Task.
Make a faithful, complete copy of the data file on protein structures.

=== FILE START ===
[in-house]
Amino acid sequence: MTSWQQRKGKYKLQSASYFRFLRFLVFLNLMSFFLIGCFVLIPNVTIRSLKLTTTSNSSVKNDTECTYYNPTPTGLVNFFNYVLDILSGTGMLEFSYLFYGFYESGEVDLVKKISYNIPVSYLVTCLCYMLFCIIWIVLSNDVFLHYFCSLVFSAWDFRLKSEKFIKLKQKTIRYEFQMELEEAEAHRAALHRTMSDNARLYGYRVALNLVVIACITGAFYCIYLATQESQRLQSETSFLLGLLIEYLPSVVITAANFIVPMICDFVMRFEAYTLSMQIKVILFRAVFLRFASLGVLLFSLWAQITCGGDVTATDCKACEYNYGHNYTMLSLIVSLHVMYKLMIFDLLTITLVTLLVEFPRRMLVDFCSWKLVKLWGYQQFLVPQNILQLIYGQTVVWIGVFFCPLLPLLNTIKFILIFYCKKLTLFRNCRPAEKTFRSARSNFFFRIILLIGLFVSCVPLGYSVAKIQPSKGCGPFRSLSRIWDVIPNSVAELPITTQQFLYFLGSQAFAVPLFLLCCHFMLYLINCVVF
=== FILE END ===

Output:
[in-house]
Amino acid sequence: MTSWQQRKGKYKLQSASYFRFLRFLVFLNLMSFFLIGCFVLIPNVTIRSLKLTTTSNSSVKNDTECTYYNPTPTGLVNFFNYVLDILSGTGMLEFSYLFYGFYESGEVDLVKKISYNIPVSYLVTCLCYMLFCIIWIVLSNDVFLHYFCSLVFSAWDFRLKSEKFIKLKQKTIRYEFQMELEEAEAHRAALHRTMSDNARLYGYRVALNLVVIACITGAFYCIYLATQESQRLQSETSFLLGLLIEYLPSVVITAANFIVPMICDFVMRFEAYTLSMQIKVILFRAVFLRFASLGVLLFSLWAQITCGGDVTATDCKACEYNYGHNYTMLSLIVSLHVMYKLMIFDLLTITLVTLLVEFPRRMLVDFCSWKLVKLWGYQQFLVPQNILQLIYGQTVVWIGVFFCPLLPLLNTIKFILIFYCKKLTLFRNCRPAEKTFRSARSNFFFRIILLIGLFVSCVPLGYSVAKIQPSKGCGPFRSLSRIWDVIPNSVAELPITTQQFLYFLGSQAFAVPLFLLCCHFMLYLINCVVF